Admittedly, I delayed the hour of my walk today in favor of a higher temperature. But even at 11am, even as the sun’s rays reflected brilliantly off the snow, the thermometer read “11.” And a local observation station said it went down to 6 degrees last night.
Six? That’s under the threshold in which salt (sodium chloride) no longer melts ice.
Here in Pennsylvania, road crews (under pressure from the public) use a frivolous amount road salt. Much suffers as a result (cars, fish, plants, streams, road surfaces) but that’s a topic for a much longer essay.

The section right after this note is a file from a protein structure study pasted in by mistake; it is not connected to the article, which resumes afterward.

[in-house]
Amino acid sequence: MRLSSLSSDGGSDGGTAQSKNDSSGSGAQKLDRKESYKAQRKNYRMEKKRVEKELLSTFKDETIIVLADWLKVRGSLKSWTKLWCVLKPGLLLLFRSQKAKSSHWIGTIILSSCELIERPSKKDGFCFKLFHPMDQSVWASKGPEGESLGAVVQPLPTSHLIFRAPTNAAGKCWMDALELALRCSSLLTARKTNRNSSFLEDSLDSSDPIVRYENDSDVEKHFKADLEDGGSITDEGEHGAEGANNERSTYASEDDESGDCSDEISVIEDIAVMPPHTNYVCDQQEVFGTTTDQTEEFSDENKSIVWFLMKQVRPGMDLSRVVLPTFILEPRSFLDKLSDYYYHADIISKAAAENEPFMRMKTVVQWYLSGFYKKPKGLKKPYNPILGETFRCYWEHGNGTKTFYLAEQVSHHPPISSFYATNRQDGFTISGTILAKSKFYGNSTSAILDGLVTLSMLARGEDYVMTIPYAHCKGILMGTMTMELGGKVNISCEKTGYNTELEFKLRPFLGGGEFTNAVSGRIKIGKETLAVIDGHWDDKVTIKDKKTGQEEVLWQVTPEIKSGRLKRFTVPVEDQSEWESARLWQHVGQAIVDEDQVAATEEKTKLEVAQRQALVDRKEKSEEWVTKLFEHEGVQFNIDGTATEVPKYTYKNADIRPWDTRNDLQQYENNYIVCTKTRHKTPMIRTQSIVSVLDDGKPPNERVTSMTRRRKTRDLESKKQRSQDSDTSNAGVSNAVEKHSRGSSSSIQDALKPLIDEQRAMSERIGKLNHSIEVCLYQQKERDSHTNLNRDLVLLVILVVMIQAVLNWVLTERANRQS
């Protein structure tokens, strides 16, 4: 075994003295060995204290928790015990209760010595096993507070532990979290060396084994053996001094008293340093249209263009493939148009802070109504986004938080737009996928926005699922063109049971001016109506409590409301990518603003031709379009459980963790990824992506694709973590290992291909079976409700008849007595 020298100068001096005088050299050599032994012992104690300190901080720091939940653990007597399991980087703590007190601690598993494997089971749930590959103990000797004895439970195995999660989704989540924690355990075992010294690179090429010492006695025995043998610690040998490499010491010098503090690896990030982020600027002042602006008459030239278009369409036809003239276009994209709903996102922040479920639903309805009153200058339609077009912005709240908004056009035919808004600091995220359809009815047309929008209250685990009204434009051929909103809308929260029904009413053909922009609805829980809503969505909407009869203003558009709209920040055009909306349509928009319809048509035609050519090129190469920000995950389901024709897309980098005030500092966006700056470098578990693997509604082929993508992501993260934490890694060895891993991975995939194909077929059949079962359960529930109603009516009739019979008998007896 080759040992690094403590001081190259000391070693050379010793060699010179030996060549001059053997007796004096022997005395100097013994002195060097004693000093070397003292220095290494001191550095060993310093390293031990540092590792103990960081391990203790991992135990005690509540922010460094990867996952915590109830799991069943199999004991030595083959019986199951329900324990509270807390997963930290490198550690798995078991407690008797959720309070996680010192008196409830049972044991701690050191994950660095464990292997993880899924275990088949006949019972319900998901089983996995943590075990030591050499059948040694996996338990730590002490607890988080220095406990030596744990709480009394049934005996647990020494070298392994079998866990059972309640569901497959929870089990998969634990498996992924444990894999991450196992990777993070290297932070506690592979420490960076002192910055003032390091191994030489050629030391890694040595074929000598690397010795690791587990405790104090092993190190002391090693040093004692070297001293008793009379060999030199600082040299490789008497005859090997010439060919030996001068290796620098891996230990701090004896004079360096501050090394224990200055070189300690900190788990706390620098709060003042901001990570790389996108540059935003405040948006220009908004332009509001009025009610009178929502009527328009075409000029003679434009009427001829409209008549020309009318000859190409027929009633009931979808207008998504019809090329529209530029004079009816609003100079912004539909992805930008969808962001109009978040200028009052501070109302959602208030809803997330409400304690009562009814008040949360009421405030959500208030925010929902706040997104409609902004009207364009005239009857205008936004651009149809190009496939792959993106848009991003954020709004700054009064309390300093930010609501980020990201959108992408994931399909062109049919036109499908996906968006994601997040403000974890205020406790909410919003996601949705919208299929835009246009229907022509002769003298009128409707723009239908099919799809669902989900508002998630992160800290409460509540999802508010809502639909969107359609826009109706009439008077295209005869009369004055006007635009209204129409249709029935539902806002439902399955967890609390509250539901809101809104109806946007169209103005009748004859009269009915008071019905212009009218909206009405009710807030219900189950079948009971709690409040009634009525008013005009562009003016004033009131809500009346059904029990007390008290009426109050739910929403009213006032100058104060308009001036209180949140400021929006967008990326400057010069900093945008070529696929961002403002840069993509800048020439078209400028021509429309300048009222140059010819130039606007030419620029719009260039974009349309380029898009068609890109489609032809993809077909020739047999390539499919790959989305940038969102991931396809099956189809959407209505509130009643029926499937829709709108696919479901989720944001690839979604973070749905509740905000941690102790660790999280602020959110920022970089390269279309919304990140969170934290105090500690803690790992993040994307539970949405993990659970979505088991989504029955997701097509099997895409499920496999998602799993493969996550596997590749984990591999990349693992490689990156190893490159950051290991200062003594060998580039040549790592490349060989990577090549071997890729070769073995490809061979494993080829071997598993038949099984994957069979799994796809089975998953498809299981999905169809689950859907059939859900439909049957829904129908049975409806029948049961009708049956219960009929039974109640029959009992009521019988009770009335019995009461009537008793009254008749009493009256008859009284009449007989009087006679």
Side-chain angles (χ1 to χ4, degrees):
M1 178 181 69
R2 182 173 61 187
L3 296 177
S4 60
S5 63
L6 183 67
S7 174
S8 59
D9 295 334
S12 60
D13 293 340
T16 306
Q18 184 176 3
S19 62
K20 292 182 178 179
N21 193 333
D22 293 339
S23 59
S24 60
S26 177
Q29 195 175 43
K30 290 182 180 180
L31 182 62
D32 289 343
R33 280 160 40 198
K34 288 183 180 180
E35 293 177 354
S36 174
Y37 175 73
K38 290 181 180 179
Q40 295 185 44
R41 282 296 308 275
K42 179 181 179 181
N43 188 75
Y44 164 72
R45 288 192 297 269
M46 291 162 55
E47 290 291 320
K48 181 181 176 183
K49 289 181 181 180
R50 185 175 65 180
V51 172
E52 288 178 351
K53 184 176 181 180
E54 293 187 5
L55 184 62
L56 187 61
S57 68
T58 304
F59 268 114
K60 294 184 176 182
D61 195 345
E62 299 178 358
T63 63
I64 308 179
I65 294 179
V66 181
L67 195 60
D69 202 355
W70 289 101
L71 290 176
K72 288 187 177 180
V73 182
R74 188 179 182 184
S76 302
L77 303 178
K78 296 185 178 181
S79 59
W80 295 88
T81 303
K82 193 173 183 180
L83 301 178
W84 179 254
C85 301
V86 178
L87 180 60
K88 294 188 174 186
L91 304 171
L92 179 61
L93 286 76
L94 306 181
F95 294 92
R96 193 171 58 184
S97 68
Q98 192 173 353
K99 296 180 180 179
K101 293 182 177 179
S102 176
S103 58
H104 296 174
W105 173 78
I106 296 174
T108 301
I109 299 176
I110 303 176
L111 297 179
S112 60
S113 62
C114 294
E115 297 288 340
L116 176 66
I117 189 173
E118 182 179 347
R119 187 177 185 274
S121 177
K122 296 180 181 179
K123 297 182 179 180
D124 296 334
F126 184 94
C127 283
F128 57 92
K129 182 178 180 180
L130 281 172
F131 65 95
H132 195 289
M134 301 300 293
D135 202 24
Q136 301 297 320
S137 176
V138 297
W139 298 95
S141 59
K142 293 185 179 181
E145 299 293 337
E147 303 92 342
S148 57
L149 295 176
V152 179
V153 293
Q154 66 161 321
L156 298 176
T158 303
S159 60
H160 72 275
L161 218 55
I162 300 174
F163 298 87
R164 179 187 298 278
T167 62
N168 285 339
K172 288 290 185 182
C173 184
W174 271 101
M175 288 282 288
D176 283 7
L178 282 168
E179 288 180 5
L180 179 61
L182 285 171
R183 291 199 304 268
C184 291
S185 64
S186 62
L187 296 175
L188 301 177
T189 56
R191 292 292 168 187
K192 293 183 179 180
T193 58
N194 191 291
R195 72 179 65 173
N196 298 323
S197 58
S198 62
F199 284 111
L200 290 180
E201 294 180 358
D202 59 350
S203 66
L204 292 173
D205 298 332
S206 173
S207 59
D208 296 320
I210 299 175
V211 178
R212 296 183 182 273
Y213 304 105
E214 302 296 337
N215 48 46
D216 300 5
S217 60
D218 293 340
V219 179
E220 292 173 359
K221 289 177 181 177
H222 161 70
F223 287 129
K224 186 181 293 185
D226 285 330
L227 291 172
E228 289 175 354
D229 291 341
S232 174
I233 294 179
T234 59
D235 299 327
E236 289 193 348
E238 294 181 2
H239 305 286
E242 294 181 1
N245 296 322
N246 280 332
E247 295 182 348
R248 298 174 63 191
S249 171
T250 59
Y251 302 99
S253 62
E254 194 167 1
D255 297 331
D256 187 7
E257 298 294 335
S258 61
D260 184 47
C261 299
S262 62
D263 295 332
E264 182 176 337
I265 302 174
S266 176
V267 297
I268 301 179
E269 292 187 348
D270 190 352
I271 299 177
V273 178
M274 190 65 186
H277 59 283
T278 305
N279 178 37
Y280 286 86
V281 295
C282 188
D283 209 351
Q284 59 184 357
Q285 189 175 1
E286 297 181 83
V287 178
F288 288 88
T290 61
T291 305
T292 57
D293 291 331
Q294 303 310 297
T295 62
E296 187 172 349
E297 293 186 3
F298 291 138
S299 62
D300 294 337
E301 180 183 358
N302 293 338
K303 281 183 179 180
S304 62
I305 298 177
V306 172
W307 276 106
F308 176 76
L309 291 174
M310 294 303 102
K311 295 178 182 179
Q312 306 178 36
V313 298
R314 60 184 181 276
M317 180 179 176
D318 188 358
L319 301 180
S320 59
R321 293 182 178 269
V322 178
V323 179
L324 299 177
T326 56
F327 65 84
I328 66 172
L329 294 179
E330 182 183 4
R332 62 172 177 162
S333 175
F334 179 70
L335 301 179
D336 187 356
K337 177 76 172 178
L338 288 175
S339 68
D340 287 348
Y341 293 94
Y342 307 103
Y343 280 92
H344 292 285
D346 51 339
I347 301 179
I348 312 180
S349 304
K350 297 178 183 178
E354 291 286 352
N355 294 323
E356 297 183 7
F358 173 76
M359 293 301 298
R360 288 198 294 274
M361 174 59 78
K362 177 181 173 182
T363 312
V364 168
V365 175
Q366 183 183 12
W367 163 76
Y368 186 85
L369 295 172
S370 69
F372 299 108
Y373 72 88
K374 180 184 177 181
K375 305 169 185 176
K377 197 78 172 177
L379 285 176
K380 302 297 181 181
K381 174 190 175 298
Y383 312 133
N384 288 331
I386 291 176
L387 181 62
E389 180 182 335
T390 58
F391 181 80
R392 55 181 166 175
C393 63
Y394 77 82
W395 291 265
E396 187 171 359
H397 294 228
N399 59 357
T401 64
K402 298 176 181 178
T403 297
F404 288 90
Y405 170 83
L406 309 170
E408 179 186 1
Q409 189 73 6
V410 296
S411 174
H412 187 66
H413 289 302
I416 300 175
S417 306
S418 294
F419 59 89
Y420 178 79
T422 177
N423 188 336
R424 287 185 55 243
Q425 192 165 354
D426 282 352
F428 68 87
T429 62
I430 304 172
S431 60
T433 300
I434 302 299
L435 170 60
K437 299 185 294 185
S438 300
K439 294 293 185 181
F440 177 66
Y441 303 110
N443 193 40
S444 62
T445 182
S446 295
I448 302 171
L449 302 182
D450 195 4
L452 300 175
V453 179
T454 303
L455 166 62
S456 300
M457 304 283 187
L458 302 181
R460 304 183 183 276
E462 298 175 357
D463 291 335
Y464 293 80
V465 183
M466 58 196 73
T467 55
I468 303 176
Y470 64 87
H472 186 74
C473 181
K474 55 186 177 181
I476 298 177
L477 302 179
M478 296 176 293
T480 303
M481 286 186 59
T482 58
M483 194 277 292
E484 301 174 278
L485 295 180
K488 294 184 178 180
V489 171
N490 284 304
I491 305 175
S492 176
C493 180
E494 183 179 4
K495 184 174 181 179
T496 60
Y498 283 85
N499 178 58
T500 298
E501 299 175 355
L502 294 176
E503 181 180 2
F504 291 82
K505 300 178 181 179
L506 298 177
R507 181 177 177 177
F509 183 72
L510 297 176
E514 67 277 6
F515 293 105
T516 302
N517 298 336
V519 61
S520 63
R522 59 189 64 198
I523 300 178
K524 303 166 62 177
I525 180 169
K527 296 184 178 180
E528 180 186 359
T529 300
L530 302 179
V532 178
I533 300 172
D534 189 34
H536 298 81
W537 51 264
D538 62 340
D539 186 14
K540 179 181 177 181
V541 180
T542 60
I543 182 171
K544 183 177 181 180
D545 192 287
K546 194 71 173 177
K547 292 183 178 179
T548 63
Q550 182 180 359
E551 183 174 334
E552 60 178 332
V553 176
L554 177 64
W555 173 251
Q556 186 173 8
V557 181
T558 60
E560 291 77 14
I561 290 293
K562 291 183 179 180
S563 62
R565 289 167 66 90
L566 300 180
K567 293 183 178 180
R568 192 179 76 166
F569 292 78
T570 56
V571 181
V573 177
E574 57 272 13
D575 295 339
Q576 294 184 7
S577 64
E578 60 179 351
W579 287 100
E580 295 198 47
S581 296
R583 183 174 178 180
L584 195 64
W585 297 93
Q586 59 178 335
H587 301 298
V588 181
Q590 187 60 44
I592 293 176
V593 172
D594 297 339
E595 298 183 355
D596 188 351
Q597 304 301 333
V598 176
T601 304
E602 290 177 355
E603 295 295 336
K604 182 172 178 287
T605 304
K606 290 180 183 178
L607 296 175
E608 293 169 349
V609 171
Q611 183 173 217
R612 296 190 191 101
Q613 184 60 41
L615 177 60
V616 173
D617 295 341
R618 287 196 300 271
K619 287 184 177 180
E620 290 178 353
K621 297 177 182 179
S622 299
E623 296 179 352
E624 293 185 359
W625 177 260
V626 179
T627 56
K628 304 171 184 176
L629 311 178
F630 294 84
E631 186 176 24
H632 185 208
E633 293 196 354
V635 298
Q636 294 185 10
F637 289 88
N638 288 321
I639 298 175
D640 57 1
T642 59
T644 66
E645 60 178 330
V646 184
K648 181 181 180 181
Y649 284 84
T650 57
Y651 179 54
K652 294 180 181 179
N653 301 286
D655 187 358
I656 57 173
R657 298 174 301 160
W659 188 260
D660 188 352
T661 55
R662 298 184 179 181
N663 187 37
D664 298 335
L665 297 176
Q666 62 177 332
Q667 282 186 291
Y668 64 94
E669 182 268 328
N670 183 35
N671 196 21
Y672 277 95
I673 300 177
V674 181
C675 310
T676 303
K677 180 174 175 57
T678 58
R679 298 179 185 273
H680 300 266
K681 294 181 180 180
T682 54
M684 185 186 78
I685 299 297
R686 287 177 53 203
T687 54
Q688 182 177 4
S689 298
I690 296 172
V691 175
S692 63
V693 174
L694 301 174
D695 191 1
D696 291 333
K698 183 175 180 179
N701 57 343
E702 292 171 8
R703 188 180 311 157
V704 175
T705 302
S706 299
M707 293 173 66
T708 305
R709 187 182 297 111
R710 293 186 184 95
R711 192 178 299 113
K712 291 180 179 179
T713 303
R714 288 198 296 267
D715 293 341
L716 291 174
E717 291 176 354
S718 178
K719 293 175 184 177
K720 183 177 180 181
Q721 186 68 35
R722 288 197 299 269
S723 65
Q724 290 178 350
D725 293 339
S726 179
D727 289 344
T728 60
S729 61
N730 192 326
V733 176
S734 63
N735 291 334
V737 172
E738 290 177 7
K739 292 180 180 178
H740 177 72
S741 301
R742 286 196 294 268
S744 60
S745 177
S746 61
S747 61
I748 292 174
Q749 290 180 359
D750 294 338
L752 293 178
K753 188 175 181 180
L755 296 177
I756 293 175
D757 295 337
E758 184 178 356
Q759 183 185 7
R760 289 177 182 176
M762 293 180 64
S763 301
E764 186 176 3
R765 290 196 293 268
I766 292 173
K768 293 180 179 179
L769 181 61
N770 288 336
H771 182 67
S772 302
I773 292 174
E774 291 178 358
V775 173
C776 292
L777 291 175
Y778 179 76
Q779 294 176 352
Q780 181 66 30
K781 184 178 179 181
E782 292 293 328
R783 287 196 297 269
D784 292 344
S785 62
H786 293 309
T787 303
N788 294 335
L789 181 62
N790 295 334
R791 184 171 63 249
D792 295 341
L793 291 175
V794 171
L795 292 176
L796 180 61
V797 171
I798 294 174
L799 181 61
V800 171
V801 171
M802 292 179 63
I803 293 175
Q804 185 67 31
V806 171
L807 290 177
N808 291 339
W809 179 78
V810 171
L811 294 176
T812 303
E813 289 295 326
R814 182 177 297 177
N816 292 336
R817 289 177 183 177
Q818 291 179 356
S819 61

Instead, today’s post is about science. The concentration will make a difference, but it’s safe to say that salt won’t liquify ice when the air temperature is under seven degrees. Road crews tend to use 15 as a threshold.
So be careful out there. Standing moisture, unless treated with something other than salt, could be frozen into “slipperyness.” It’s all a matter of degrees.